As a footnote: after I left, the biologists apparently captured the female and discovered that the bird had been captured and banded back in 2008, making her the oldest known bird in NYS.  With only 100 or so individuals left in the state, a proven breeder like this is a really important bird and it was a real privilege to see her.  Wishing the DEC the best of luck with their recovery plan.  It would be a huge loss to let this species go so hopefully the State's recovery plan can have an impact and keep the Spruce Grouse in New York.

Tuesday, June 19, 2012

Fea's Petrel off Montauk, NY

The second half of our Pelagic on the 19th produced a real star bird; a FEA's PETREL, which if accepted by NYSARC will be a first for New York State.  We stopped to check out an area of 62-degree water about 8-miles SE of Montauk and soon noticed some small Bluefin Tuna chasing bait on the surface.  While we were watching, a smaller gray sea-bird slipped between the Great Shearwaters at our stern, and I turned to see a well-marked gray pterodroma, with dark underwings and a strong dark "M" pattern above.  Panic ensued as we got the boat turned and headed off in pursuit at speed enabling a few shaky photos, but enough to confirm the ID.

For Fea's Petrel, key marks included the dark underwings, plain gray tail, black "M" mark, black bandit mask, and the lack of a white rump or cap/collar.  The only debate left is potential Zino's Petrel, and that hinges on the "build" of the bird and, more importantly, the size and depth of the bill.  Looking at photos of Zino's and Fea's, this bird looks like Fea's, albeit at the small-billed end of the spectrum.

Discussed the ID with Angus Wilson, Ned Brinkley, and Steve Howell and submitted it to the New York State Avian Records Committee (NYSARC) as a Fea's Petrel.  Currently awaiting their decision.

Not a bad start to the Summer pelagic season.  It certainly got people excited to get out there and look - you just never know what's out there.

First Summer Pelagic

Met up with Capt. Max Kramer and left Montauk at 5am, with no clear expectations, to see what we could find.   We started out about 20 miles South of Quogue and drifted / slowly cruised South and East for most of the day, ending up about 35 miles South East of Montauk.  We made many stops and chummed pretty solidly throughout the day resulting in a constant stream of birds visiting the boat.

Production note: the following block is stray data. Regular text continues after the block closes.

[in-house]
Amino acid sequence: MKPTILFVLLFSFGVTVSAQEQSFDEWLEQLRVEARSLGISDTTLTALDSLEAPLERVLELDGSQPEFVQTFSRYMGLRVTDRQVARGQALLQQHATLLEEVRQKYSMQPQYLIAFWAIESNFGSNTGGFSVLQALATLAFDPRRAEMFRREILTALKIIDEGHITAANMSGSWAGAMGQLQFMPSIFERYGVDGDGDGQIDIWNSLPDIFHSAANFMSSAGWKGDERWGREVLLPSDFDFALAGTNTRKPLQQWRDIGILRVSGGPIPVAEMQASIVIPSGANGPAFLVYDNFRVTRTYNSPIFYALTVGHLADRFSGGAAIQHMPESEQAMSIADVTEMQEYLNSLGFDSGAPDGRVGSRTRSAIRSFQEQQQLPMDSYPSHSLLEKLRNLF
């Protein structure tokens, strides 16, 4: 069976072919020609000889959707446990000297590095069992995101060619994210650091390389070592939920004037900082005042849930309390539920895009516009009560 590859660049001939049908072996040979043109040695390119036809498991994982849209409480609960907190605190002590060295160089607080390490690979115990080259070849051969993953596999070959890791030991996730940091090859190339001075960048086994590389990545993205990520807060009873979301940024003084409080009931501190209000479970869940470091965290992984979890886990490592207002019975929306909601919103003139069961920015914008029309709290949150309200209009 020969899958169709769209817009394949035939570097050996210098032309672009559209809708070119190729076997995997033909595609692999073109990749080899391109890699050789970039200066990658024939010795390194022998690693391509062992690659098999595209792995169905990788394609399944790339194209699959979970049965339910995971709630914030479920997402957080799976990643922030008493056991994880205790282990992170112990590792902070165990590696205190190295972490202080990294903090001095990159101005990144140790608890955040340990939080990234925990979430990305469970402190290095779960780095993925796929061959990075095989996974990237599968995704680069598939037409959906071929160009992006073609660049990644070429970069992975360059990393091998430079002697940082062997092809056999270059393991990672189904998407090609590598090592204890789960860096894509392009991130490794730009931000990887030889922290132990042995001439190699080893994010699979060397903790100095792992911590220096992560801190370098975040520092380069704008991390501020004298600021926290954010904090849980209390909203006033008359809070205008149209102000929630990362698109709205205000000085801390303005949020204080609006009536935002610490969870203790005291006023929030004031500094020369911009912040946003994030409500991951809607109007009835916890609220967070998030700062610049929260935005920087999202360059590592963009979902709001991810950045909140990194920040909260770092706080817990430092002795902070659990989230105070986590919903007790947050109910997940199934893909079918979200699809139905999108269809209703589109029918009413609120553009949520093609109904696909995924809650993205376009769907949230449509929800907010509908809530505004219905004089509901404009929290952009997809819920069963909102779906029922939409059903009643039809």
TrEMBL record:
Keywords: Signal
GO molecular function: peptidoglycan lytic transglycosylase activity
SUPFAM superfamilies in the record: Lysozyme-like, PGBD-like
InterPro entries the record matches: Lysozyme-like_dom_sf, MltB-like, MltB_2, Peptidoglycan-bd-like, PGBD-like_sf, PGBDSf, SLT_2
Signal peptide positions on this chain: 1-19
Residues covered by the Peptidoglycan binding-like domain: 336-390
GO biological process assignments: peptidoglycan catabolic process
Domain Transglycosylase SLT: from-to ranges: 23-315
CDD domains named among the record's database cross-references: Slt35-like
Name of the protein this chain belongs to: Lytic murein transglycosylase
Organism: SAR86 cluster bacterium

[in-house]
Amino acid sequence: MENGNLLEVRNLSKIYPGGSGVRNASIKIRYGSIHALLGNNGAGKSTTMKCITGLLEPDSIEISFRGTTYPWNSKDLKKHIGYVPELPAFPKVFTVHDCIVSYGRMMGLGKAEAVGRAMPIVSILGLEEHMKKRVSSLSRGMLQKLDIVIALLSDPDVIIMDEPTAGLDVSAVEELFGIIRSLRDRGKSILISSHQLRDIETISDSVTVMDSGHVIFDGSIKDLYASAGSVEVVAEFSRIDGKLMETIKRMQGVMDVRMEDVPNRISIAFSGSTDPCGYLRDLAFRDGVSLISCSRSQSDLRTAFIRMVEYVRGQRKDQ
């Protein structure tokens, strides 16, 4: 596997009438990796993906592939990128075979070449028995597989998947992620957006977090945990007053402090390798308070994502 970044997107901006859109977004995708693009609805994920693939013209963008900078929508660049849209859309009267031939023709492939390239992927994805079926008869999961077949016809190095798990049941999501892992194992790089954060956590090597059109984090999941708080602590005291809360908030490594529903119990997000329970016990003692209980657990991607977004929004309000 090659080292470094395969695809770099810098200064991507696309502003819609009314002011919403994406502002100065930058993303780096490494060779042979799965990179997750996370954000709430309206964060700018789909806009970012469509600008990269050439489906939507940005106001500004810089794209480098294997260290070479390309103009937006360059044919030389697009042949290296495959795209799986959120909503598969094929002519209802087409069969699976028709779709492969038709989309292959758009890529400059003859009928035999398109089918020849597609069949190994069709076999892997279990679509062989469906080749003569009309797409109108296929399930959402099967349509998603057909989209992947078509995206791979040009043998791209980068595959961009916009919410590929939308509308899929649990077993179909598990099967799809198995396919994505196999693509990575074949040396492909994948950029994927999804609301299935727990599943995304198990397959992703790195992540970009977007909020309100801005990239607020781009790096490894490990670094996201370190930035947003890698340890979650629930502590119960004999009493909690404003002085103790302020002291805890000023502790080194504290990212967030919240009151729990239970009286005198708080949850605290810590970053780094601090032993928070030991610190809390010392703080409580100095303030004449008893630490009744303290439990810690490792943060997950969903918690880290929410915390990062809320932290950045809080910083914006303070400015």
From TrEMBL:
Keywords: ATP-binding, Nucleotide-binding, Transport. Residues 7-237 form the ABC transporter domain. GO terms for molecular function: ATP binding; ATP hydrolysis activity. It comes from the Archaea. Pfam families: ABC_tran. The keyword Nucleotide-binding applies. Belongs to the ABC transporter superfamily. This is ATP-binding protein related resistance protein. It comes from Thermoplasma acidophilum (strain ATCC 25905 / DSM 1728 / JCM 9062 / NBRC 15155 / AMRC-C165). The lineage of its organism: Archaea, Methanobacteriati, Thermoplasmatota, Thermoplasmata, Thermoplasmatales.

Great Shearwaters seem very confident around boats and stayed with us all day, as did the Wilson's Storm-Petrels.  I estimated that we saw 200 Greats and 60 Wilson's during the day.  Despite watching the Storm-Petrels all day I wasn't able to pick any other species out though, and we'll perhaps have to go out further to find them.

Great Shearwater

We also had 6 Cory's Shearwaters, 2 Sooty Shearwaters and a single Manx Shearwater.

Corey's Shearwater

Manx Shearwater

Perhaps the most exciting thing though was the almost constant presence of Jaegers, starting with the beautiful Pomarine Jaeger that found us as soon as we started chumming.

Pomarine Jaeger

We also got to spend a lot of time with "Jaeger sp." pondering the ID of a number of birds in different plumages.  This one in the end, I settled on as Long-tailed Jaeger despite the very Parasitic Jaeger looking tail extensions.

Long-tailed Jaeger

Amongst the "non-birds" the clear highlight was a 15-foot Basking Shark but we also saw Blue Sharks, Bluefish and feeding Bluefin Tuna.

Basking Shark

In year-bird terms (the point after-all), I added 5 species to bring the total to 319.  A very promising start to the season and nice to be able to get out and find my own birds at sea.

Saturday, June 16, 2012

Is it Shorebird Season Already?

Locked up at home with a sick dog who just got back from knee surgery.  No way I could get out of the house on Friday and so, of course, Michael McBrien finds a breeding plumage Curlew Sandpiper at Cupsogue (a bird that would be a State Bird for me).  The bird promptly vanishes with the high tide though, so it doesn't look look like I bird that I'm going to get.  Can't get everything, right?